GAYLE’s Breakout Song Is Challenging Traditional Songwriting Norms

By the time 17-year-old songwriter GAYLE drove halfway across the country overnight to see her name lit up on billboards in Times Square, she had only released a few songs. Her debut single “Abcdefu” has been nearing the top of the Billboard Hot 100 chart thanks to it absolutely dominating on TikTok. While the fast-growing app helped put her name on the map, GAYLE’s success comes from her ability to create unapologetically angry songs, giving a voice to a generation of pissed-off young women who look up to the singer’s candor and genuine nature.

The music industry may be saturated with breakup music, but GAYLE’s kiss-off track “Abcdefu” isn’t your average heartbroken ballad. “Abcdefu” shares an anecdote many women can relate to: Repeatedly cursing out the person who caused them pain. It opens with the singer firing off a “f*ck you” to an ex, setting the tone for a vexed GAYLE to list all the people she holds animosity towards post-breakup; including his mom, sister, friends, and pretty much everyone else (except, of course, his dog). Generally in media, women are shown either wallowing in self-pity after a breakup (see: Bridget Jones’ Diary and Sinéad O’Connor’s “Nothing Compares 2U“), or plotting some sort of revenge (see: John Tucker Must Die and Carrie Underwood’s “Before He Cheats“). But with her debut major-label single, the singer works through an emotion that women aren’t always allowed to feel — pure and unadulterated anger.

GAYLE’s breakup story is familiar to many women, and it’s one she never minces words about in interviews. “It started from a place of wanted to tell my ex to f*ck off. I was pissed to the core,” she told radio station 96.3 Easy Rock Manila. GAYLE was at first angry with herself for her perceived shortcomings in the relationship. But upon reflection, she realized all her ex’s red flags had been there from the beginning. “All of the sudden it hit me: He’s an *sshole,” she said. In that moment, she transformed from being angry with herself to being pissed-off with all the people who validated his behavior in their relationship. After appropriately blocking him on all social media apps, GAYLE focused that outrage into her music.

GAYLE recognizes how few mainstream women revel in their anger in music, but it became even more apparent when she played “Abcdefu” for her grandmother. GAYLE was worried her grandma would be disappointed with how vulgar the song was, but her reaction was quite the opposite. “She was like, ‘You know, you get to say all the things that I never got to at 17,'” GAYLE told The Tennessean. “And that put the song in a completely new perspective for me.”

The explicit nature of “Abcdefu” seemed to really resonate with people on TikTok, seeing as it’s been used in over 2.5 million videos and counting. The song exemplifies how TikTok can be really great at drumming up excitement about a single, but it also proves that TikTok users can’t be fooled. Yes, record labels and marketing agencies promote certain songs on the app, but most of the time when a song goes viral, it happens naturally, according to Atlantic’s Head Of Marketing Nina Webb: “I mean, there’s a million examples of a lot of very expensive campaigns that had no return. Like, we can’t do it. It has to come from fans or the artist because you’re talking to Gen Z. They smell everything out.”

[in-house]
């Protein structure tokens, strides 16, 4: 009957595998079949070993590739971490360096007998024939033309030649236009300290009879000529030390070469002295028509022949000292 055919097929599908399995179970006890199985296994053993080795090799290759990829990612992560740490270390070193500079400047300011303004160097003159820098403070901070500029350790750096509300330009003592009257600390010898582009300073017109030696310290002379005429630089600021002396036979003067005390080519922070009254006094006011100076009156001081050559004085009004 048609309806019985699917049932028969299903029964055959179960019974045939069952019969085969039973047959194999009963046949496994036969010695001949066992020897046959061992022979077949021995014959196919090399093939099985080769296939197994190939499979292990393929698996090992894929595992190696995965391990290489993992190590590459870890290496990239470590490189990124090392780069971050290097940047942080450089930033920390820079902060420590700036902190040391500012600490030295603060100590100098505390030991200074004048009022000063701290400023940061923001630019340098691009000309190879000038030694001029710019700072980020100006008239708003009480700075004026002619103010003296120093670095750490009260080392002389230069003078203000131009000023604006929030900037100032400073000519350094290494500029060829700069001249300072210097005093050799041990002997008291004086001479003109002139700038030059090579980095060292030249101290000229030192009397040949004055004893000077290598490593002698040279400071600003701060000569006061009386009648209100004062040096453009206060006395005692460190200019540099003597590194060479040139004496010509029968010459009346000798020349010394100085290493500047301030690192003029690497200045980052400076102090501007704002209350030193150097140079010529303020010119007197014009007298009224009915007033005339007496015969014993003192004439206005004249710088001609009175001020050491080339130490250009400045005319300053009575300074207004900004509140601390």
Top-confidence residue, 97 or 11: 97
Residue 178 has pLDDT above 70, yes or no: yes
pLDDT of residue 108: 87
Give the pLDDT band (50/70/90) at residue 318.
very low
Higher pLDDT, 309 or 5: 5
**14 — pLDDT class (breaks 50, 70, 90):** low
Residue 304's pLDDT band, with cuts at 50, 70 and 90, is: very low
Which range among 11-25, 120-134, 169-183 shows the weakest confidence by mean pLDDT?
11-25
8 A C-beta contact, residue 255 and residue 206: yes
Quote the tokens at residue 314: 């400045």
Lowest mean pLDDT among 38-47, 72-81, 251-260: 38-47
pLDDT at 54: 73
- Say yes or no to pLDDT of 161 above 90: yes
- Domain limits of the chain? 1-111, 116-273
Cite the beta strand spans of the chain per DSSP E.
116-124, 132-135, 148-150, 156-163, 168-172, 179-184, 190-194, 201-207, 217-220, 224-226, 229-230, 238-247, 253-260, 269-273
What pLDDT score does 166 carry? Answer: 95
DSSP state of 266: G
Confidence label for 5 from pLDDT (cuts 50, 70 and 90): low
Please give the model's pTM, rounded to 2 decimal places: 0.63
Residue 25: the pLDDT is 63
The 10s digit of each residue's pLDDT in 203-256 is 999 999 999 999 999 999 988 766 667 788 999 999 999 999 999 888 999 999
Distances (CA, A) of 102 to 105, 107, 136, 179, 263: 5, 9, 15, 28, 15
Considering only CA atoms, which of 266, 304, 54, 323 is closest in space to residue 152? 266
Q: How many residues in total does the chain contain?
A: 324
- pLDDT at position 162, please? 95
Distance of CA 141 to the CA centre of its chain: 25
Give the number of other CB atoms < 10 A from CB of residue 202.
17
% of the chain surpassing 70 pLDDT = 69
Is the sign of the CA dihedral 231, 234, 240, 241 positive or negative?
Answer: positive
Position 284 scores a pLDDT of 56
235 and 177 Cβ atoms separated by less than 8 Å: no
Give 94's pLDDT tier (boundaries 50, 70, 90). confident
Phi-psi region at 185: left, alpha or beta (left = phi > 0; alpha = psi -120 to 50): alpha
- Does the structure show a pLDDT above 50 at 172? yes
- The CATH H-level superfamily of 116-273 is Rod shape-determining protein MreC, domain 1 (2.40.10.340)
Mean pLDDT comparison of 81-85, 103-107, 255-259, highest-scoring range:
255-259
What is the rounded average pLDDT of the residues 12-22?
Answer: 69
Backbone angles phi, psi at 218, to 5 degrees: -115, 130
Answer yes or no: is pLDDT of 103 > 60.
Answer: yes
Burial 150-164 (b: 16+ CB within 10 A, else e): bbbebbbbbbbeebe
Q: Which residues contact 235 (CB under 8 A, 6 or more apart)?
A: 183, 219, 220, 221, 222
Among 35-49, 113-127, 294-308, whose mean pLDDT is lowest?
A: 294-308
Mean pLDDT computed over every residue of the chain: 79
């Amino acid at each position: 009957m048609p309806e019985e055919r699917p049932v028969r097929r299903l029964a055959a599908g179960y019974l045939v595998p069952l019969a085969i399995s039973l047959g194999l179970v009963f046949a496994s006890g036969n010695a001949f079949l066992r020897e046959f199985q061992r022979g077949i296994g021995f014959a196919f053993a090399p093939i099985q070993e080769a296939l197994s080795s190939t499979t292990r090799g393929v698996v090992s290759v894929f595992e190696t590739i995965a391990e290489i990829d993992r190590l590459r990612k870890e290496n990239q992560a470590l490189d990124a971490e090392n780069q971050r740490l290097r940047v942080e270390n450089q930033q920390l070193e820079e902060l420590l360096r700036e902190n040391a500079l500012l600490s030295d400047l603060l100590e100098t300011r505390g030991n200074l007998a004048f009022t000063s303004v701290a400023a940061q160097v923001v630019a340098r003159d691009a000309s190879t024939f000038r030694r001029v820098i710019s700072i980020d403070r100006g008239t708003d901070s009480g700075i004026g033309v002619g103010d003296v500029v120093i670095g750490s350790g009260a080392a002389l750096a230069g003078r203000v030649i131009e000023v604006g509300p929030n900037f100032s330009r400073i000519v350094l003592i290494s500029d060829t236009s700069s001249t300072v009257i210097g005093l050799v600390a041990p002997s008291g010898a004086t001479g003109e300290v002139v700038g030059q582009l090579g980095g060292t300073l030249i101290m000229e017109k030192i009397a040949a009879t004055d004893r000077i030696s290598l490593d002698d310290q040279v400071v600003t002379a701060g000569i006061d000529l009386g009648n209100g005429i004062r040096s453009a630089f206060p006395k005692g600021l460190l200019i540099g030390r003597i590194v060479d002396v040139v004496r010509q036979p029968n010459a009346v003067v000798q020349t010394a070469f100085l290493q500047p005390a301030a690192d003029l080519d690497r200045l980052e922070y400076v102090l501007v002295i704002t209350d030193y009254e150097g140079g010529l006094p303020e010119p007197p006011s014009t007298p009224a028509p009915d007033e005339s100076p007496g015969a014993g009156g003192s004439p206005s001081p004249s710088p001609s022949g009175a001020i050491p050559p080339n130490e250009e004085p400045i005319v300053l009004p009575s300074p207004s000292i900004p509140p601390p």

Despite label support, GAYLE’s viral moment did happen naturally. Like much of the rest of her generation, GAYLE started using TikTok to share funny videos and post her songs. At first, the singer was able to capture an audience with her genuine humor and impressive covers. GAYLE began sharing snippets of “Abcedfu” before its official release for months, but it didn’t gain any traction — that is, until the song became a trend among members of the sign language community on TikTok. From there, “Abcdefu” became an instant hit and jump-started GAYLE’s breakout success.

While “Abcdefu” credits its breakout to TikTok, GAYLE’s music career is the result of years of hard work. The singer performed every opportunity she could as a pre-teen, from bars and restaurants to farmer’s markets, and even sheep industry conventions. Armed with a naturally incredible vocal range and unwavering perseverance, she eventually convinced her parents to move their family to Nashville to pursue her music full-time. There, she was discovered by happenstance at an artist workshop by former American Idol judge Kara DioGuardi, who eventually offered her a publishing deal where she spent years independently releasing a handful of singles. “I loved her intensity, the tone of her voice, and her emotion when she sang,” DioGuardi told Uproxx. “It was unlike anything I’d seen from a 14-year-old artist.” DioGuardi says fans resonate with GAYLE’s music because of her conviction. “What makes her standout is that she’s a great performer and knows exactly what she wants to say,” she said. “She has the ability to communicate her feelings and life in a unique way and I do think her fans will fall even more in love with her as she releases more music.”

Now that she’s examined her anger and become known as the “emo alphabet girl,” GAYLE is gearing up to drop the EP A Study Of The Human Experience, Volume One. Per the project’s title, the songs detail other teenage woes like pushing away love, being scared to catch feelings, and crossing a line in platonic friendships. GAYLE’s TikTok success is more than just a lesson on the importance of young artists promoting their music online. GAYLE proves that there’s a class of pissed-off young women who aren’t afraid to say how they really feel.

A Study Of The Human Experience, Volume One is out 3/18 via Atlantic. Pre-order it here.

GAYLE is a Warner Music artist. Uproxx is an independent subsidiary of Warner Music Group.